Ride with us


There are iconic climbs right at the edge of some cities that local riders are fortunate to have as a road cycling playground minutes from their homes. We heard of Norton Summit in Adelaide, Flagstaff in Boulder or Tibidabo in Barcelona, but here in Chiang Mai we’ve got Doi Suthep and Doi Pui, and we couldn’t be happier.

Doi Suthep-Pui is the name of the national park situated in a forested mountain range that spans from the heart of Chiang Mai city towards the North West. The silhouette of this beautiful mountain can be seen from any part of town and it has become an icon for local residents and road cyclists alike.

As the name of the ride suggests, the road that climbs up this mountain leads effectively to two summits: the closest it’s Doi Suthep at around 1,000 meters above sea level, featuring a complex of Buddhist temples with golden pagodas and spectacular views of Chiang Mai city. Continuing via the same road there is Doi Pui Summit, the highest point of the road at almost 1,600 meters of elevation.

A road cycling trip to Chiang Mai must begin riding this local climb, that starts right from the Chiang Mai University Campus. This area can be easily accessed from the city center straight via Huaykaew Road. The official climb to Doi Suthep is 10.8 km at 6% average starting from Chiang Mai Zoo and ending at the temple Stairs. This climb is featured yearly as the closing stage of the local road cycling race Masters Tour of Chiang Mai.

It’s a relatively long climb that suits more powerful riders rather than pure lightweight climbers due to its shallow average gradients. The aero factor can be quite important as well, since average speeds cycling up Doi Suthep are somewhere between 17 and 20+ Kmph.

The first part of this climb is firstly steady at 6-7%. There are a few temples on the left hand side so the sight of monks in bright orange robes walking down with their alms bowls is common early in the morning. As the road climbs up a couple of kilometers in twists and turns, a few gaps between the dense forest let the cyclist get a glimpse of the city in the distance, diminished by the effect of the altitude gained.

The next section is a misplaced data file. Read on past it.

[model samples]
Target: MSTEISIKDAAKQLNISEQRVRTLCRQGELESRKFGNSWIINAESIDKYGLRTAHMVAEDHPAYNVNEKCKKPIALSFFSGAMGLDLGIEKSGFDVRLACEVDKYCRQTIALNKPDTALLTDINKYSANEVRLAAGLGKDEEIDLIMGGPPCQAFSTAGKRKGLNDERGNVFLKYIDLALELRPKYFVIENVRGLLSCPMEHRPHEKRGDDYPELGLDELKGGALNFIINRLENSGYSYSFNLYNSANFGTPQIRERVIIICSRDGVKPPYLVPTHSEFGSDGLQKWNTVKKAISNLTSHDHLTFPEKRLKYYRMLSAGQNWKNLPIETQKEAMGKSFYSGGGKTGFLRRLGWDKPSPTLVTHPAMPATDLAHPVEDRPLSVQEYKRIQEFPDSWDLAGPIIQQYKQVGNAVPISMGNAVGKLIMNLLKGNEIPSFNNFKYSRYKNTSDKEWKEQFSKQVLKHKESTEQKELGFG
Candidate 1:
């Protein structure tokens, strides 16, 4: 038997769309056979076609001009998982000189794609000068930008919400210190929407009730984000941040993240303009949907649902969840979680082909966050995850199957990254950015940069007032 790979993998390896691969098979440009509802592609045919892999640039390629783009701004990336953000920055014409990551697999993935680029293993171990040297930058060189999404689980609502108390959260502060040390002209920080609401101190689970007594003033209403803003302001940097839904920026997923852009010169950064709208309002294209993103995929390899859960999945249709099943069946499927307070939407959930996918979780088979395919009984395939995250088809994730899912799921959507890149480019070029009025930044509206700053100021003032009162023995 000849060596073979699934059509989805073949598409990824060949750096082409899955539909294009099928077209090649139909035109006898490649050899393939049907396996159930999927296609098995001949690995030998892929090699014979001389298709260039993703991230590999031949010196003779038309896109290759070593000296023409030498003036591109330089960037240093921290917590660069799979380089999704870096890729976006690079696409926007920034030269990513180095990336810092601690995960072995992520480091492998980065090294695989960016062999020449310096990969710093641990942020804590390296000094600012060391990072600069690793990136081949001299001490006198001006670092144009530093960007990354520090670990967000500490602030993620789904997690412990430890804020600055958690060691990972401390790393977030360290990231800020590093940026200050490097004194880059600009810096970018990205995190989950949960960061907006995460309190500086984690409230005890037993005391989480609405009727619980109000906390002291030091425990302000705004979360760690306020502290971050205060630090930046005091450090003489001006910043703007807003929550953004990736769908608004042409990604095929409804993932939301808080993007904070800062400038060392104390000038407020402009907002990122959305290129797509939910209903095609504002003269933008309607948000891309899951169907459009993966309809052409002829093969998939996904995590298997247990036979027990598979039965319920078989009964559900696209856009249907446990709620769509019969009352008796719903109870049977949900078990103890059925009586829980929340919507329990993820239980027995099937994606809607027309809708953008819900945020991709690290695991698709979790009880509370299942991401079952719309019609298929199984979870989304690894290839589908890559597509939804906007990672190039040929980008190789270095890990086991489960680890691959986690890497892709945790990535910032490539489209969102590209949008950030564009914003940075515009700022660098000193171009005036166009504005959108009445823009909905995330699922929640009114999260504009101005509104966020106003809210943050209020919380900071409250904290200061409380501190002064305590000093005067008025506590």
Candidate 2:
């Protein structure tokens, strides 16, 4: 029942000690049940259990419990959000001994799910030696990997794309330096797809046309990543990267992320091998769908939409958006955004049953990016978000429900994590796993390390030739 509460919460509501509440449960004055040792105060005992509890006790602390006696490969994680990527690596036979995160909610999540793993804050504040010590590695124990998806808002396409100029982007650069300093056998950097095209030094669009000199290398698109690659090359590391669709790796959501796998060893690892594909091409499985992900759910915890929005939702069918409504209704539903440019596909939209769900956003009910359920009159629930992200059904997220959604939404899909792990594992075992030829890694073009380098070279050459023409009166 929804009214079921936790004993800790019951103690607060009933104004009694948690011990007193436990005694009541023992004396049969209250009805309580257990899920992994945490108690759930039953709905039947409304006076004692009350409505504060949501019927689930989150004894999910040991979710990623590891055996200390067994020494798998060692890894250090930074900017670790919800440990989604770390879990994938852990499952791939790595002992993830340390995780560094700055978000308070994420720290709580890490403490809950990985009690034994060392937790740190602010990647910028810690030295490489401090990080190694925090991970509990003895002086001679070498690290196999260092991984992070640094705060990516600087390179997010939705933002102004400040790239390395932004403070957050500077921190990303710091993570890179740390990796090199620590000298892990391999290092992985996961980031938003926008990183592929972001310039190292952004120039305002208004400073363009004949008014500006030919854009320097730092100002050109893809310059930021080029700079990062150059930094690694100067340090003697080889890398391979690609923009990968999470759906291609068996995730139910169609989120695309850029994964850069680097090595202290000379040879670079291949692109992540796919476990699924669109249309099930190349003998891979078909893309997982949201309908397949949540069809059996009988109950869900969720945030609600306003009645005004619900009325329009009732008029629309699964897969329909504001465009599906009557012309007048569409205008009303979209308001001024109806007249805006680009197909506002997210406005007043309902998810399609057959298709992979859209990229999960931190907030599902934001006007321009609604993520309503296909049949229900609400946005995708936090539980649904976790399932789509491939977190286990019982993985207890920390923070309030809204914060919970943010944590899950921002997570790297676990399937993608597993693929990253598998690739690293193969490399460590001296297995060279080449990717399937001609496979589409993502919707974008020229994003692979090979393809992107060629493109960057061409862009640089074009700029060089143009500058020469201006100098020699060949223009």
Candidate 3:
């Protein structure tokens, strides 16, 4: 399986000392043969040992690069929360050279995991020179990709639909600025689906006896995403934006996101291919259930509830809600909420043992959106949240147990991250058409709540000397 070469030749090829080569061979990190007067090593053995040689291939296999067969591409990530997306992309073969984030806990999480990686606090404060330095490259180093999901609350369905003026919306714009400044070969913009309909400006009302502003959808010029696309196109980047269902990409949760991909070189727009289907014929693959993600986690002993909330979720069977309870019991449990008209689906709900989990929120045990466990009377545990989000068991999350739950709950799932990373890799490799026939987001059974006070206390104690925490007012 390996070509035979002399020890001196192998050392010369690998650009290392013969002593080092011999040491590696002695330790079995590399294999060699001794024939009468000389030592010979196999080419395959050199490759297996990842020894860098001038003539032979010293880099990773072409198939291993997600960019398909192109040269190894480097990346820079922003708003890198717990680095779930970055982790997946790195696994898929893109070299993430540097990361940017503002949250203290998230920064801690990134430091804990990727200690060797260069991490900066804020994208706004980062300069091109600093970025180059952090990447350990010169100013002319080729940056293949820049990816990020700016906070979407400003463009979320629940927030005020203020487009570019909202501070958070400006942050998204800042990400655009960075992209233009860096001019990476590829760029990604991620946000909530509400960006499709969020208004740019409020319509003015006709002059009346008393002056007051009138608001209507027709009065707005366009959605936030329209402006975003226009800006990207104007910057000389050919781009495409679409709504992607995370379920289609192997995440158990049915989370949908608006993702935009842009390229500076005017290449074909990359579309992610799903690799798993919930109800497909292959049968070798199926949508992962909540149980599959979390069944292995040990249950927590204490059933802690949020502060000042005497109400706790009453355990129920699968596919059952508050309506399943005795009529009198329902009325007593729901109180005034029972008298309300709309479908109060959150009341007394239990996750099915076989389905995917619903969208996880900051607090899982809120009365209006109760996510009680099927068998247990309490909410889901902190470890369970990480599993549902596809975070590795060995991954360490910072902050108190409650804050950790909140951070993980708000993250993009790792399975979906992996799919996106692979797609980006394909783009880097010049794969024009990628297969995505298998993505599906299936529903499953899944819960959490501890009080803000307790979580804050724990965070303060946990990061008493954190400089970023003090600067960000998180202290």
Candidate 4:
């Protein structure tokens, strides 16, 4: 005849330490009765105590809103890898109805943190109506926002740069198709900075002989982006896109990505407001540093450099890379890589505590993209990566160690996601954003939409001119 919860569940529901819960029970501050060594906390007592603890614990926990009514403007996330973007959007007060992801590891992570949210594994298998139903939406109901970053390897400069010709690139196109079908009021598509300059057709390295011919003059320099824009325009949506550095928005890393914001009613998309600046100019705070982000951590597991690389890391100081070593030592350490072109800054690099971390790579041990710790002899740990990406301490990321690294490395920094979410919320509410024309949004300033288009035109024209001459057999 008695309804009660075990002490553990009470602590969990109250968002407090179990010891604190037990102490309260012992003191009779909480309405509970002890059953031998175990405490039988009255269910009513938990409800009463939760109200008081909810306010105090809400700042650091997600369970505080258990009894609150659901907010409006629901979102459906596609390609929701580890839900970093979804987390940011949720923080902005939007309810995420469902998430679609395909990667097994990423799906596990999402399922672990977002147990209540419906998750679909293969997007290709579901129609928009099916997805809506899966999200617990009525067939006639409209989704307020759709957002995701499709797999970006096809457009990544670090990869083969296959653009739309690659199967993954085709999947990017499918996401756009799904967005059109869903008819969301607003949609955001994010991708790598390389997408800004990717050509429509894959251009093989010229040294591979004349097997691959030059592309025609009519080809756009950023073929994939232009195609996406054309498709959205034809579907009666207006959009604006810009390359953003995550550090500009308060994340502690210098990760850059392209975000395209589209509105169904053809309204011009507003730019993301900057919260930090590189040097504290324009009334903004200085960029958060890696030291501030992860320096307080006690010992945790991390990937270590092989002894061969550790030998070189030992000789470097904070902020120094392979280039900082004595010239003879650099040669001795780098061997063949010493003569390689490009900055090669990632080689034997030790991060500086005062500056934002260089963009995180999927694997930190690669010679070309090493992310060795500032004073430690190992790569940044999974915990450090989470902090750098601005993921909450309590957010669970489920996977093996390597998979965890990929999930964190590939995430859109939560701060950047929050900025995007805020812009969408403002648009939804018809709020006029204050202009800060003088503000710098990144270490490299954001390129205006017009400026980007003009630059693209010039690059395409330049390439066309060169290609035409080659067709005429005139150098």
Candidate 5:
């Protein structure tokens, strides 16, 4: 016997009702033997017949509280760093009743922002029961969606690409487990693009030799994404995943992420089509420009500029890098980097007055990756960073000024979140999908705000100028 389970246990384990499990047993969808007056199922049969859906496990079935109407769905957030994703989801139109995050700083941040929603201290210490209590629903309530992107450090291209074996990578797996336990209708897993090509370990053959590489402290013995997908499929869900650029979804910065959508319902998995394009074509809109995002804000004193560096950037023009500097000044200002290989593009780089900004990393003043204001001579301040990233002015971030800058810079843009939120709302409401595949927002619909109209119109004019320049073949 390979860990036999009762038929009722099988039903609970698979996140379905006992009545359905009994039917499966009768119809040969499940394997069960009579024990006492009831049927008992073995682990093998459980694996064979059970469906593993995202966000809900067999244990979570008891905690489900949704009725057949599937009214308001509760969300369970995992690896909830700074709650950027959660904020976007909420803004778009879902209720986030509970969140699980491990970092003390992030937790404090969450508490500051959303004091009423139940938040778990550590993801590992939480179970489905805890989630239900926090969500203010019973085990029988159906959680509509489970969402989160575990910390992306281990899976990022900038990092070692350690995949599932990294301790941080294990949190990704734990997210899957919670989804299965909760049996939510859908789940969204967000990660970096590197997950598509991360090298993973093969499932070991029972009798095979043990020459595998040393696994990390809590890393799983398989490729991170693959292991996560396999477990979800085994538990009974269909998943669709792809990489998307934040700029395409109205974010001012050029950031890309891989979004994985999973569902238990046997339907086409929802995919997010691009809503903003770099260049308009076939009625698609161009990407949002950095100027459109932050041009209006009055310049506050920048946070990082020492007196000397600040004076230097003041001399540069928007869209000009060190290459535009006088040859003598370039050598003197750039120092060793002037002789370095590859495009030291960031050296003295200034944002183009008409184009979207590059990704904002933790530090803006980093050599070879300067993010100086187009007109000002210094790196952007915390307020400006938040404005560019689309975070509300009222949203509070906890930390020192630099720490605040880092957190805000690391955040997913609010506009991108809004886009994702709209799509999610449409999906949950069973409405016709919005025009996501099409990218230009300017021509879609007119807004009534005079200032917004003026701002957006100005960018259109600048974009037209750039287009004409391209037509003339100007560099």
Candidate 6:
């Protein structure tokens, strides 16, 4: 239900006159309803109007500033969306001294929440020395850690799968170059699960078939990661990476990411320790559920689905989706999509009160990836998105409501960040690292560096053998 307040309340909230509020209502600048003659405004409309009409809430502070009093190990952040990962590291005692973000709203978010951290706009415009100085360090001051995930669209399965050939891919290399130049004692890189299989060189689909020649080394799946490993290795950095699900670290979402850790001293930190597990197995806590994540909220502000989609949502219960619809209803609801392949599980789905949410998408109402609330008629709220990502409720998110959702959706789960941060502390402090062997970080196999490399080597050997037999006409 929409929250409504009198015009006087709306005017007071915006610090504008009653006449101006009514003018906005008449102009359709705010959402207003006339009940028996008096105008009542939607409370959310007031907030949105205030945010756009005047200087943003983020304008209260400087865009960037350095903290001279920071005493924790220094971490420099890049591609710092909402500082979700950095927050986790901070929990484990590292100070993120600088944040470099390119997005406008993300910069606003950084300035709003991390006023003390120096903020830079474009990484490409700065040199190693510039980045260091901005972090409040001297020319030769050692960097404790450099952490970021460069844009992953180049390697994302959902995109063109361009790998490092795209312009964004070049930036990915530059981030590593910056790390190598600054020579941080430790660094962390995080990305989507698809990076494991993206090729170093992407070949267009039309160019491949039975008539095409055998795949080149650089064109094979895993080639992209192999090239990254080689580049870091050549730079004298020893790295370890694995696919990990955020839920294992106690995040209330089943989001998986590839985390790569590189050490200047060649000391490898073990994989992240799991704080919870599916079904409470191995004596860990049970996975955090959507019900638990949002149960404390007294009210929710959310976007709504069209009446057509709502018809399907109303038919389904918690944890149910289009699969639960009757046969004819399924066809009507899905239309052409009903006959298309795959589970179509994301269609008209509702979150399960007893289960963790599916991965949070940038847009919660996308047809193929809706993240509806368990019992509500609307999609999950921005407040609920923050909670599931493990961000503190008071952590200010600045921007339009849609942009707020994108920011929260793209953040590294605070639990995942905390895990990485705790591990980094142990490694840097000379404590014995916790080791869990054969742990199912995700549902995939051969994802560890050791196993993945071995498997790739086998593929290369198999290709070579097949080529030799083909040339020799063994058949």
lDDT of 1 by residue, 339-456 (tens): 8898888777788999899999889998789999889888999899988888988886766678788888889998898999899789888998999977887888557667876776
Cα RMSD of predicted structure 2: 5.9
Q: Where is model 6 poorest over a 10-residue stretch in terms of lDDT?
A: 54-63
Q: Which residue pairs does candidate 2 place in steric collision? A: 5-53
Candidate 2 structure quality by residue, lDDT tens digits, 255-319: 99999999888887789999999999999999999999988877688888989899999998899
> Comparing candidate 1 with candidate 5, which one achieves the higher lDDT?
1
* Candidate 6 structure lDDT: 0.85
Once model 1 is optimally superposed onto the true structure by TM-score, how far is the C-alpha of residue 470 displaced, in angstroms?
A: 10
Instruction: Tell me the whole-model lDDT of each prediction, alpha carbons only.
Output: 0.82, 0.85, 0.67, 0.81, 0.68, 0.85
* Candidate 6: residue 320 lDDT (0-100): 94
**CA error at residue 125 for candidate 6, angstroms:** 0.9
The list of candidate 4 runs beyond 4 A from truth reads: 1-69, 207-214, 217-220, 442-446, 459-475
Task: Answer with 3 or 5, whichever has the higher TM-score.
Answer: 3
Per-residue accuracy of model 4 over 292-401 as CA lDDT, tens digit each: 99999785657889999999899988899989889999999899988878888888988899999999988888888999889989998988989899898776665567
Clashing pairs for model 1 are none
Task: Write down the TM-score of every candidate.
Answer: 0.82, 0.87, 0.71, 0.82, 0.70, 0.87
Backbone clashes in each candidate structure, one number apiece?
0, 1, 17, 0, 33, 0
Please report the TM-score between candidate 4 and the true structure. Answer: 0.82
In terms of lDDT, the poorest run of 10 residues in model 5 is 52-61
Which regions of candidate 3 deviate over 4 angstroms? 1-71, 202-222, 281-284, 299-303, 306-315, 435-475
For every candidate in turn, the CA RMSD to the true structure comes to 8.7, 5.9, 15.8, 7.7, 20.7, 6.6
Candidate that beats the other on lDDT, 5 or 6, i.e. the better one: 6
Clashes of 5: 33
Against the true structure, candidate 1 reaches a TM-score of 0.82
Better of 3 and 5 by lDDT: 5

On the way up, the road is 2 lanes wide with a generous shoulder used by runners and passers-by. There are barely more than 500 meters of straight road before it continues spiraling against the mountain sides. Over the halfway point, after 6.1 km there’s a viewpoint on the left hand side to behold the city of Chiang Mai and a vast valley that extends to the East.

The climb sustains relentlessly until kilometer 8.3, the only downhill and flat stretch that lasts for about 300 meters, enough for a short breather. Just 2.5 kilometers to go to the temple, but don’t push too hard, there is a nasty surprise waiting for the cyclists as they negotiate a narrow hairpin close to the top, the last 450 meters of road are a 14% wall so save a bullet for this one.

44 Km

1290 m

2:30 hours

1 stop

2-2.5 W/kg

Avg 17 km/h

Max 14%


Download .GPX file

Once at the base of Doi Suthep temple there are a few stalls to buy water and fresh fruit smoothies while hanging out with the local cyclists. From here, the road to the top of Doi Pui ascends 540 meters over 7 km at an average gradient of 8%. Although a bit steeper, this part of the climb feels more pleasant with very few cars and an even thicker jungle foliage.

The nasty bit comes with a long kilometer at 11% when passing by the Bhubing Palace, the holidays residence of the King of Thailand, but it’s quickly followed by the last 2 km over a stunning butter-smooth road where the Tree tunnels are so dense that it can get quite dark even at noon.

If you pull over on the left hand side 300 meters before the summit, you will find an eye-melting view of the mountain ranges that extends Southwest towards Doi Inthanon. At this altitude, in winter, the temperatures can be as low as 5 Celsius, so it’s always a good idea to pack a gilet for the descent.

A little cheeky bonus: after the summit, the road continues another 5km mostly downhill towards a little tribal village named Baan Khun Chang Khian. More than half of this road is gravel (with pretty big stones) but it can be tackled on a road bike provided it’s not raining. Right at the entrance of the village, there’s a nice local cafe where they serve delicious brews with beans locally produced and roasted by the tribal community.